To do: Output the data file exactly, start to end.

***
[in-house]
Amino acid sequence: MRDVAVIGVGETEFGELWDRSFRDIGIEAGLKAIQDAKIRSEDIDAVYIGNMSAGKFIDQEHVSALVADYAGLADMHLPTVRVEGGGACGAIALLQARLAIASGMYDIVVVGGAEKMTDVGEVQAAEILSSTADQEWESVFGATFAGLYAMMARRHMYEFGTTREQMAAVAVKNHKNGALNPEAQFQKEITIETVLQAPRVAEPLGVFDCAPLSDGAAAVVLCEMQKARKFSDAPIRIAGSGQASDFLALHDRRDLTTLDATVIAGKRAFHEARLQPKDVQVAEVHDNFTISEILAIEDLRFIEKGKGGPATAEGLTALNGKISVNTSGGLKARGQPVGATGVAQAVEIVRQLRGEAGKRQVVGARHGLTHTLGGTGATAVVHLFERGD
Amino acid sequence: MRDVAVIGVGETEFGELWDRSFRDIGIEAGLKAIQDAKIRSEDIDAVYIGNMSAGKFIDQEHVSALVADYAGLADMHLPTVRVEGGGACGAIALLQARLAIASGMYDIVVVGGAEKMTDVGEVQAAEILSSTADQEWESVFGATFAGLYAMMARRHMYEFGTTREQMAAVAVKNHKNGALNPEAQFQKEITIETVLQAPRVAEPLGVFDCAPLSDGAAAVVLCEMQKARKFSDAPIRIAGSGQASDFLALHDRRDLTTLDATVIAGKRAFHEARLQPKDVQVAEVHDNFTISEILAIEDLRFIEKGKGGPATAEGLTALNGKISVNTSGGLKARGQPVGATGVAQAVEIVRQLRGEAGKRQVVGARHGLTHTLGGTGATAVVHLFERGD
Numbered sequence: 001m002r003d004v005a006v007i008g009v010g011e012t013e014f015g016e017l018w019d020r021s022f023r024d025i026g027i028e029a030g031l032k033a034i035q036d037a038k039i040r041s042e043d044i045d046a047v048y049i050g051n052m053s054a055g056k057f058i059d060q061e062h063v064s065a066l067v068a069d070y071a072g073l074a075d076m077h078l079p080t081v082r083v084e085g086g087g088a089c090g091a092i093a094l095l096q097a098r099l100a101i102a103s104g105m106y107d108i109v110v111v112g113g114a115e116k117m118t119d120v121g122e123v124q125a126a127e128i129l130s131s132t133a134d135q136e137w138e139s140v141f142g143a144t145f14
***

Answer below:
[in-house]
Amino acid sequence: MRDVAVIGVGETEFGELWDRSFRDIGIEAGLKAIQDAKIRSEDIDAVYIGNMSAGKFIDQEHVSALVADYAGLADMHLPTVRVEGGGACGAIALLQARLAIASGMYDIVVVGGAEKMTDVGEVQAAEILSSTADQEWESVFGATFAGLYAMMARRHMYEFGTTREQMAAVAVKNHKNGALNPEAQFQKEITIETVLQAPRVAEPLGVFDCAPLSDGAAAVVLCEMQKARKFSDAPIRIAGSGQASDFLALHDRRDLTTLDATVIAGKRAFHEARLQPKDVQVAEVHDNFTISEILAIEDLRFIEKGKGGPATAEGLTALNGKISVNTSGGLKARGQPVGATGVAQAVEIVRQLRGEAGKRQVVGARHGLTHTLGGTGATAVVHLFERGD
Amino acid sequence: MRDVAVIGVGETEFGELWDRSFRDIGIEAGLKAIQDAKIRSEDIDAVYIGNMSAGKFIDQEHVSALVADYAGLADMHLPTVRVEGGGACGAIALLQARLAIASGMYDIVVVGGAEKMTDVGEVQAAEILSSTADQEWESVFGATFAGLYAMMARRHMYEFGTTREQMAAVAVKNHKNGALNPEAQFQKEITIETVLQAPRVAEPLGVFDCAPLSDGAAAVVLCEMQKARKFSDAPIRIAGSGQASDFLALHDRRDLTTLDATVIAGKRAFHEARLQPKDVQVAEVHDNFTISEILAIEDLRFIEKGKGGPATAEGLTALNGKISVNTSGGLKARGQPVGATGVAQAVEIVRQLRGEAGKRQVVGARHGLTHTLGGTGATAVVHLFERGD
Numbered sequence: 001m002r003d004v005a006v007i008g009v010g011e012t013e014f015g016e017l018w019d020r021s022f023r024d025i026g027i028e029a030g031l032k033a034i035q036d037a038k039i040r041s042e043d044i045d046a047v048y049i050g051n052m053s054a055g056k057f058i059d060q061e062h063v064s065a066l067v068a069d070y071a072g073l074a075d076m077h078l079p080t081v082r083v084e085g086g087g088a089c090g091a092i093a094l095l096q097a098r099l100a101i102a103s104g105m106y107d108i109v110v111v112g113g114a115e116k117m118t119d120v121g122e123v124q125a126a127e128i129l130s131s132t133a134d135q136e137w138e139s140v141f142g143a144t145f14